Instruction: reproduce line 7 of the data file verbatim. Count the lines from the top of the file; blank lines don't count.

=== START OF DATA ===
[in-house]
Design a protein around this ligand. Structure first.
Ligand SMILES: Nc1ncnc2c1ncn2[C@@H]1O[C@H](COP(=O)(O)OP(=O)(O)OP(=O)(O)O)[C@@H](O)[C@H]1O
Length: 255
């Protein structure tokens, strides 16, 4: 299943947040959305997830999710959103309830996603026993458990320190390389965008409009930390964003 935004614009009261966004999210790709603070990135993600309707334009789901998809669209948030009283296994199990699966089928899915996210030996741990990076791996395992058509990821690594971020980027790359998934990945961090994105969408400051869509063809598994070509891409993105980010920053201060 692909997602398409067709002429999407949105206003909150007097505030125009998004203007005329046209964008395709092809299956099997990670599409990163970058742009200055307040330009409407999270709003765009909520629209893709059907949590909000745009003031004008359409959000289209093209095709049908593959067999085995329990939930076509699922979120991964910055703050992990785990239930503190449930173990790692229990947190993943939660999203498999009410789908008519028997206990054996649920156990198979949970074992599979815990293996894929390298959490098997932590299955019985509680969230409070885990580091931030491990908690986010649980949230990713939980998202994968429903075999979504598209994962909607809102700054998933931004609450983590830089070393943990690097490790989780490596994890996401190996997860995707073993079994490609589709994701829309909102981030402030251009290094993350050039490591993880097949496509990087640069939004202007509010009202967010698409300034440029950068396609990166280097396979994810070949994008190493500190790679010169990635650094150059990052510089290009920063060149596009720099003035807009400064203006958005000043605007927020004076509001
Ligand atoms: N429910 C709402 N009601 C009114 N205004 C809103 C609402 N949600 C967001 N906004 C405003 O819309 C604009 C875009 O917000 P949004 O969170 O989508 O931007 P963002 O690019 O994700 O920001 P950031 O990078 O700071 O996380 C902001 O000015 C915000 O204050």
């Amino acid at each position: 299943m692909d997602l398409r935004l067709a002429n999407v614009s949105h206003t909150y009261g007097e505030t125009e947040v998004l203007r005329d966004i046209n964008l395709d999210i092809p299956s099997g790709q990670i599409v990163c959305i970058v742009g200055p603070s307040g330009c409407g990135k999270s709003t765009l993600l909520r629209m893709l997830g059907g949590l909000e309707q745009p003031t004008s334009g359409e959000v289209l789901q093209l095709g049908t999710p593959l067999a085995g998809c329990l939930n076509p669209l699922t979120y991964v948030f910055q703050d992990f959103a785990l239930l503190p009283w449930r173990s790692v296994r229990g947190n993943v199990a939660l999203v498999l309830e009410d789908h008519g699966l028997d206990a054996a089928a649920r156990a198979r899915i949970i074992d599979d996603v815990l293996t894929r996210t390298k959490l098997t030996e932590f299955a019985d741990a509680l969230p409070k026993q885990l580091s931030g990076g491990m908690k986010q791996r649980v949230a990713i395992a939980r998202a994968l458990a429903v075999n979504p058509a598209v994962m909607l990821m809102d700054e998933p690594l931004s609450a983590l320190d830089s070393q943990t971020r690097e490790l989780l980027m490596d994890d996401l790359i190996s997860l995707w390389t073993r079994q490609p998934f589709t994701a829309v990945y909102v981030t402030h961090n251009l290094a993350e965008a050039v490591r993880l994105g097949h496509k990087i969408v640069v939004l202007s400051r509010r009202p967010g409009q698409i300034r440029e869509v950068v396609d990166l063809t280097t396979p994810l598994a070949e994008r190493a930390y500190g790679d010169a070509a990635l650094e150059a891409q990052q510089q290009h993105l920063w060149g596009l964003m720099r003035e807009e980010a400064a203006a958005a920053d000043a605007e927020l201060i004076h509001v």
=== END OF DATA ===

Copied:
């Amino acid at each position: 299943m692909d997602l398409r935004l067709a002429n999407v614009s949105h206003t909150y009261g007097e505030t125009e947040v998004l203007r005329d966004i046209n964008l395709d999210i092809p299956s099997g790709q990670i599409v990163c959305i970058v742009g200055p603070s307040g330009c409407g990135k999270s709003t765009l993600l909520r629209m893709l997830g059907g949590l909000e309707q745009p003031t004008s334009g359409e959000v289209l789901q093209l095709g049908t999710p593959l067999a085995g998809c329990l939930n076509p669209l699922t979120y991964v948030f910055q703050d992990f959103a785990l239930l503190p009283w449930r173990s790692v296994r229990g947190n993943v199990a939660l999203v498999l309830e009410d789908h008519g699966l028997d206990a054996a089928a649920r156990a198979r899915i949970i074992d599979d996603v815990l293996t894929r996210t390298k959490l098997t030996e932590f299955a019985d741990a509680l969230p409070k026993q885990l580091s931030g990076g491990m908690k986010q791996r649980v949230a990713i395992a939980r998202a994968l458990a429903v075999n979504p058509a598209v994962m909607l990821m809102d700054e998933p690594l931004s609450a983590l320190d830089s070393q943990t971020r690097e490790l989780l980027m490596d994890d996401l790359i190996s997860l995707w390389t073993r079994q490609p998934f589709t994701a829309v990945y909102v981030t402030h961090n251009l290094a993350e965008a050039v490591r993880l994105g097949h496509k990087i969408v640069v939004l202007s400051r509010r009202p967010g409009q698409i300034r440029e869509v950068v396609d990166l063809t280097t396979p994810l598994a070949e994008r190493a930390y500190g790679d010169a070509a990635l650094e150059a891409q990052q510089q290009h993105l920063w060149g596009l964003m720099r003035e807009e980010a400064a203006a958005a920053d000043a605007e927020l201060i004076h509001v």